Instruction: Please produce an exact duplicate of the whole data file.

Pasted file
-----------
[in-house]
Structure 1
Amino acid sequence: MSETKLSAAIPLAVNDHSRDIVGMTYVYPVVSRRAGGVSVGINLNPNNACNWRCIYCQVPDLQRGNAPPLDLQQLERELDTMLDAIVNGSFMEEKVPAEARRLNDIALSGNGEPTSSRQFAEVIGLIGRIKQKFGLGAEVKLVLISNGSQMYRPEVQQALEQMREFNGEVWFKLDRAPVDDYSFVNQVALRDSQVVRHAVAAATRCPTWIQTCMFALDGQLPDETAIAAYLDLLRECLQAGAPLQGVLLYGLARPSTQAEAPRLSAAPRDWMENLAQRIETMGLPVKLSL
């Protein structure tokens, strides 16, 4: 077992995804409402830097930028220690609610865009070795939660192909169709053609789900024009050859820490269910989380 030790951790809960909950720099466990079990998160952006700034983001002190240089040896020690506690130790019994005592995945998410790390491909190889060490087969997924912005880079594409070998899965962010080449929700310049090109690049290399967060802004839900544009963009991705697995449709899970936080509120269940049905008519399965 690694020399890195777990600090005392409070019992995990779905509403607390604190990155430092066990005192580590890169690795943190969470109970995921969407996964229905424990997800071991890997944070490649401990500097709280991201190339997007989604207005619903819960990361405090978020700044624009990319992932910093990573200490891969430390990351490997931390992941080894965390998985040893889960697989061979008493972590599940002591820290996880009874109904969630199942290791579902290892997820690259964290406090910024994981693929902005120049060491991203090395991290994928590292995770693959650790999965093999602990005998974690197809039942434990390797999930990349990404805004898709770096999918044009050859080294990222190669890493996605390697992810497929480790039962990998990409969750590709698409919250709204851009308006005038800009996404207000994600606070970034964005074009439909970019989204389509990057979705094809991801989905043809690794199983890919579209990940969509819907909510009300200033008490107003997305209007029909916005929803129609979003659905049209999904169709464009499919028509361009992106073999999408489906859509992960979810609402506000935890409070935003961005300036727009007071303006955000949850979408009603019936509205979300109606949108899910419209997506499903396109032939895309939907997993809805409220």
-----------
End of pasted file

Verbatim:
[in-house]
Structure 1
Amino acid sequence: MSETKLSAAIPLAVNDHSRDIVGMTYVYPVVSRRAGGVSVGINLNPNNACNWRCIYCQVPDLQRGNAPPLDLQQLERELDTMLDAIVNGSFMEEKVPAEARRLNDIALSGNGEPTSSRQFAEVIGLIGRIKQKFGLGAEVKLVLISNGSQMYRPEVQQALEQMREFNGEVWFKLDRAPVDDYSFVNQVALRDSQVVRHAVAAATRCPTWIQTCMFALDGQLPDETAIAAYLDLLRECLQAGAPLQGVLLYGLARPSTQAEAPRLSAAPRDWMENLAQRIETMGLPVKLSL
């Protein structure tokens, strides 16, 4: 077992995804409402830097930028220690609610865009070795939660192909169709053609789900024009050859820490269910989380 030790951790809960909950720099466990079990998160952006700034983001002190240089040896020690506690130790019994005592995945998410790390491909190889060490087969997924912005880079594409070998899965962010080449929700310049090109690049290399967060802004839900544009963009991705697995449709899970936080509120269940049905008519399965 690694020399890195777990600090005392409070019992995990779905509403607390604190990155430092066990005192580590890169690795943190969470109970995921969407996964229905424990997800071991890997944070490649401990500097709280991201190339997007989604207005619903819960990361405090978020700044624009990319992932910093990573200490891969430390990351490997931390992941080894965390998985040893889960697989061979008493972590599940002591820290996880009874109904969630199942290791579902290892997820690259964290406090910024994981693929902005120049060491991203090395991290994928590292995770693959650790999965093999602990005998974690197809039942434990390797999930990349990404805004898709770096999918044009050859080294990222190669890493996605390697992810497929480790039962990998990409969750590709698409919250709204851009308006005038800009996404207000994600606070970034964005074009439909970019989204389509990057979705094809991801989905043809690794199983890919579209990940969509819907909510009300200033008490107003997305209007029909916005929803129609979003659905049209999904169709464009499919028509361009992106073999999408489906859509992960979810609402506000935890409070935003961005300036727009007071303006955000949850979408009603019936509205979300109606949108899910419209997506499903396109032939895309939907997993809805409220």